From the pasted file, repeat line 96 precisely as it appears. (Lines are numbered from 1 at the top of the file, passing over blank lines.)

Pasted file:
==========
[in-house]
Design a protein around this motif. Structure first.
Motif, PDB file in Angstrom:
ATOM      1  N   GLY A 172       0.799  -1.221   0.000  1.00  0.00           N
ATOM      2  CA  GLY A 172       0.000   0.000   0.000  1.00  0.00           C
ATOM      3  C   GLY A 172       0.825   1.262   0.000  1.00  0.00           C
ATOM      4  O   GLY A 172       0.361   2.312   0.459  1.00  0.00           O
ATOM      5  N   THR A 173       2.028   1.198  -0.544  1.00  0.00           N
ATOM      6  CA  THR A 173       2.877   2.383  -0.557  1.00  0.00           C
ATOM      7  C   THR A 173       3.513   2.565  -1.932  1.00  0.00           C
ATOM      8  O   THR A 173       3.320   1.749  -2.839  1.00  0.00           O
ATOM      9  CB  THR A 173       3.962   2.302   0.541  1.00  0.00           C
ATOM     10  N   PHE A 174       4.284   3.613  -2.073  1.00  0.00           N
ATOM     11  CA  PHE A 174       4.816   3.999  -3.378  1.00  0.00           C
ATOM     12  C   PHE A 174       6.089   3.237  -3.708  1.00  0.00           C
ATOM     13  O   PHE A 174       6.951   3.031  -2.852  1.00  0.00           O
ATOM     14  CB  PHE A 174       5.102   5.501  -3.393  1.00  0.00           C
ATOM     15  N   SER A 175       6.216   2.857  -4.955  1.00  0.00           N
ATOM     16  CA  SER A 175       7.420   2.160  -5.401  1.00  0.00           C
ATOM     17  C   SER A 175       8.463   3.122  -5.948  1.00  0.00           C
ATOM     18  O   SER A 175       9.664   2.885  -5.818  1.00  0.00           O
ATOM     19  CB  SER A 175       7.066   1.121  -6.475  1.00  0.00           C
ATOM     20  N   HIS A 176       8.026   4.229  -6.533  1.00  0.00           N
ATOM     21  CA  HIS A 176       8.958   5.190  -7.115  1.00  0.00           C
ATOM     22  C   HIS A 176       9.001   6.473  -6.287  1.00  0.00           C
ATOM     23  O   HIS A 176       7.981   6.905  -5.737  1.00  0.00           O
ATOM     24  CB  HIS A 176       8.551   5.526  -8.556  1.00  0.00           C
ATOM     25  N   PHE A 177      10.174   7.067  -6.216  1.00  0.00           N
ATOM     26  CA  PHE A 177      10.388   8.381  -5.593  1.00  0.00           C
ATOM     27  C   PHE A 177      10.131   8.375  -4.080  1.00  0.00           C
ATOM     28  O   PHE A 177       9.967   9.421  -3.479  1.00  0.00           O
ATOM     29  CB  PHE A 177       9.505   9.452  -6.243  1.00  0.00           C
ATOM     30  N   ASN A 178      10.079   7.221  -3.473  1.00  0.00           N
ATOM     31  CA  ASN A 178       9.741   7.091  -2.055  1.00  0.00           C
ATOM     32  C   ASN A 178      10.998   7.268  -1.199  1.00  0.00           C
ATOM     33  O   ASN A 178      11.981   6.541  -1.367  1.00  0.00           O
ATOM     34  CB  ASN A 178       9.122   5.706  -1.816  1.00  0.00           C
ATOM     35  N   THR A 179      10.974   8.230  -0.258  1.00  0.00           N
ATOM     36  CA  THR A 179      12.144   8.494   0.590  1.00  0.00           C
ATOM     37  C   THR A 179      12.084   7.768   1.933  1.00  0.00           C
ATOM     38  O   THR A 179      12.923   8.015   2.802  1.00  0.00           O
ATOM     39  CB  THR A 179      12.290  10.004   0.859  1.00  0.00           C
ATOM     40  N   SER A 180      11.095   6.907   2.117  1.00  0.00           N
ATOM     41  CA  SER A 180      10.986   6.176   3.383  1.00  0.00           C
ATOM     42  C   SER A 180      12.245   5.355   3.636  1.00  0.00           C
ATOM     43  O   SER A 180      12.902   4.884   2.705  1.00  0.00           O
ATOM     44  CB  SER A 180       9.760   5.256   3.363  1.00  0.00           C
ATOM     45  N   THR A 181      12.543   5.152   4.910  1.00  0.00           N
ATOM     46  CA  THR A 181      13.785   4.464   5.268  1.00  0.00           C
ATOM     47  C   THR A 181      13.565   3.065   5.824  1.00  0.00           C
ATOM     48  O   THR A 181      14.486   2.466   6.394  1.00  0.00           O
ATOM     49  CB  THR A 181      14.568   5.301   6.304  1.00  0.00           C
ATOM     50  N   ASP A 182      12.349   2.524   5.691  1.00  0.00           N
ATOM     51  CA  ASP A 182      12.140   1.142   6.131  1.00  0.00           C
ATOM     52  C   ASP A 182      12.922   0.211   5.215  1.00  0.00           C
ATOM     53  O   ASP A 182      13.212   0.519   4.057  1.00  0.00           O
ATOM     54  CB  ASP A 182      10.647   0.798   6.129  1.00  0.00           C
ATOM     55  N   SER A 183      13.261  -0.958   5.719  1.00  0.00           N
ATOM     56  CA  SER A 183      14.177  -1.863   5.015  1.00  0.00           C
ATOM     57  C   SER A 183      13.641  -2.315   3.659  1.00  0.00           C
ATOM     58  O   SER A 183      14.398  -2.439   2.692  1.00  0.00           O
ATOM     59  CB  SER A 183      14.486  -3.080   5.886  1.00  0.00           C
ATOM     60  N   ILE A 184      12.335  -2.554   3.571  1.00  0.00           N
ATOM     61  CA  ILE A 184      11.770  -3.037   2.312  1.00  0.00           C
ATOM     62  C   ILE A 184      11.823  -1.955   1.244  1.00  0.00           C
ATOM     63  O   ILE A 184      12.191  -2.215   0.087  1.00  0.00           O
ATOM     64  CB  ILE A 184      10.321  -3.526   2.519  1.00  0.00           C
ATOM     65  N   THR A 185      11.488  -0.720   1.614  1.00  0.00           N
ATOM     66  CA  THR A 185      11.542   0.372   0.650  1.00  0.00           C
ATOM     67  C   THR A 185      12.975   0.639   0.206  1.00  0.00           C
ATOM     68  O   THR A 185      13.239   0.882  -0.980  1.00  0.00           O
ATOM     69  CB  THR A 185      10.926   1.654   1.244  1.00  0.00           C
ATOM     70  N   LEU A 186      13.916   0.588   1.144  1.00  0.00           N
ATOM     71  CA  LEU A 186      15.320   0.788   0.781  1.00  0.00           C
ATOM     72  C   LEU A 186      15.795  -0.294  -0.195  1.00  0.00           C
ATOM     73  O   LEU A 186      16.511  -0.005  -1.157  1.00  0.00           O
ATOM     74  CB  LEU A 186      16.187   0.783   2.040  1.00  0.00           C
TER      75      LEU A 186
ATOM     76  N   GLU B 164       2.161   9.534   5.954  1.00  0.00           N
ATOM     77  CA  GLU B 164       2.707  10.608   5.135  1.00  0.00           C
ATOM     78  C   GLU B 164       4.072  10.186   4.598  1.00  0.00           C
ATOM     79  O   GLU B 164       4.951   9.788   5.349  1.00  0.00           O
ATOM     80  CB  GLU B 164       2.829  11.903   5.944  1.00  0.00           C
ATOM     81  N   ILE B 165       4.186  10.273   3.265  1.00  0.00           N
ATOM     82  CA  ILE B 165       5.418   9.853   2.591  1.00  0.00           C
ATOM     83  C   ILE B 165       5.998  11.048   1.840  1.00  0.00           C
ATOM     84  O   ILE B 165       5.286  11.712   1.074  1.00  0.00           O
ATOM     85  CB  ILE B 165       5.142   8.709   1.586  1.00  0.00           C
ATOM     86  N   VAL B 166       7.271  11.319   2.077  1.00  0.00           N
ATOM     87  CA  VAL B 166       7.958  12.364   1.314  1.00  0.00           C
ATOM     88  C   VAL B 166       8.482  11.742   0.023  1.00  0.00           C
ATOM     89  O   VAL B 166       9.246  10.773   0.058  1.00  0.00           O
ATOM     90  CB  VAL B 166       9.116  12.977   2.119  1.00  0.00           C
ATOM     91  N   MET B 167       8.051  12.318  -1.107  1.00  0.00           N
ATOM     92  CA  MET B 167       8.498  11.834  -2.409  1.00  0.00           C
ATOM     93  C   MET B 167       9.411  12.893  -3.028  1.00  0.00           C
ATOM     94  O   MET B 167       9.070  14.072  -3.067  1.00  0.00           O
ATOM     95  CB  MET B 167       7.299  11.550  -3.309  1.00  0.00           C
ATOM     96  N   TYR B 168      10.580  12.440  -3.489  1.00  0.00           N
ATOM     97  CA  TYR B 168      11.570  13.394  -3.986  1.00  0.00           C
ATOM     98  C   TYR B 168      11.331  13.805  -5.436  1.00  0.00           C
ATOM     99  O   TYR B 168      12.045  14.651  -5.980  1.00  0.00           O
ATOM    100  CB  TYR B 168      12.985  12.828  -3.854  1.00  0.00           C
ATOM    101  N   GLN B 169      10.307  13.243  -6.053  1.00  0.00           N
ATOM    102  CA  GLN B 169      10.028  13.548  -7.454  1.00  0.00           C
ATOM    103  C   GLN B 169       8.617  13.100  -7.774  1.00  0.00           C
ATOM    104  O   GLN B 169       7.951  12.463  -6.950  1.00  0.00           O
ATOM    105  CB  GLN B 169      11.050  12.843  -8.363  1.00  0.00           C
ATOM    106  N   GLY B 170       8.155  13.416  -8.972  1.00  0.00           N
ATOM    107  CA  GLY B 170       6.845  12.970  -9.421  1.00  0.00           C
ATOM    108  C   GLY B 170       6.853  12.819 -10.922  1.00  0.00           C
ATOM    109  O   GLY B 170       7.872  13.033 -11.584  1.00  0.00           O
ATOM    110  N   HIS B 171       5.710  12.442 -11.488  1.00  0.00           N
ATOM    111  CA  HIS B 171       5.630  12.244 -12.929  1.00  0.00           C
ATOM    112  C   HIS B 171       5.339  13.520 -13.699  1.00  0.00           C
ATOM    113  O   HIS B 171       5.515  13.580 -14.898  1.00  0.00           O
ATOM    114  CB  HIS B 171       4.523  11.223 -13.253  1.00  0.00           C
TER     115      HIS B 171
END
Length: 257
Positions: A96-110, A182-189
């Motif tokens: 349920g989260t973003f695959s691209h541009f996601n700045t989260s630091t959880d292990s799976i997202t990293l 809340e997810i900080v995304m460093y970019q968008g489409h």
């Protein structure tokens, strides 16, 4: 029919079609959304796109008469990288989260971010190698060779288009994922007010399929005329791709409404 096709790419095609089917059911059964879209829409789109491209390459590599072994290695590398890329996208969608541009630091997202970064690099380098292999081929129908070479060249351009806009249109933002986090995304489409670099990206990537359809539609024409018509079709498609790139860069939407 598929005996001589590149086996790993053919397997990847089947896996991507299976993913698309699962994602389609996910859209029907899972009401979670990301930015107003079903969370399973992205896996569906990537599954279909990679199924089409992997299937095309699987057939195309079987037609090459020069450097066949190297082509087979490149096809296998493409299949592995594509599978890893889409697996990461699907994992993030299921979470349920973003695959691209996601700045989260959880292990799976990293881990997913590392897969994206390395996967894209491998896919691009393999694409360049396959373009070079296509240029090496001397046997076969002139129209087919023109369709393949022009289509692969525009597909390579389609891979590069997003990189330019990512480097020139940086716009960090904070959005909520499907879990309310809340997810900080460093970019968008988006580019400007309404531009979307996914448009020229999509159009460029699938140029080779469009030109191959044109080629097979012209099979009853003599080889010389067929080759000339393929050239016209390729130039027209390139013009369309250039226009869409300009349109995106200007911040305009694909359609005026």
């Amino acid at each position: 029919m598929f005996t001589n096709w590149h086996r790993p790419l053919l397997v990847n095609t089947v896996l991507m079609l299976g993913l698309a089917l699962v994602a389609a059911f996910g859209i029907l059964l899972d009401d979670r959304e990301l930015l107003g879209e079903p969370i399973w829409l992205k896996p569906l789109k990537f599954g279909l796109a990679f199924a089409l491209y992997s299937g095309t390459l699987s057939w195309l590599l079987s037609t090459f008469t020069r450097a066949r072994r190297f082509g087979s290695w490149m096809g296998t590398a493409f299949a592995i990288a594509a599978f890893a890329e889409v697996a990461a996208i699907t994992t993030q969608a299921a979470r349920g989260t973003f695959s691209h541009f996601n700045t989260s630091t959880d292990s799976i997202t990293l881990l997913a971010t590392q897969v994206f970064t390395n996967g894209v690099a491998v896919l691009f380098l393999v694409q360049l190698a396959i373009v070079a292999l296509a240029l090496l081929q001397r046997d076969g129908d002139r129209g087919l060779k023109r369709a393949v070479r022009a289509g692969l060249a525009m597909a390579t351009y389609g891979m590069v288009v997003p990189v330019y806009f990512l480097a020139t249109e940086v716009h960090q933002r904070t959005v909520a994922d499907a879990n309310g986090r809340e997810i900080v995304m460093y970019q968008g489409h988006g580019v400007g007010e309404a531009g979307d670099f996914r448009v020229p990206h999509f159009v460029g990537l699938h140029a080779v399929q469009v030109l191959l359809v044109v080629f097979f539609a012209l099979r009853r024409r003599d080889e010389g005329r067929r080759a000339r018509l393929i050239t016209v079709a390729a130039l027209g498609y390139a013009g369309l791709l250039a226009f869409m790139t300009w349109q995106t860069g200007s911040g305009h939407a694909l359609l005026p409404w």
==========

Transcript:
ATOM     93  C   MET B 167       9.411  12.893  -3.028  1.00  0.00           C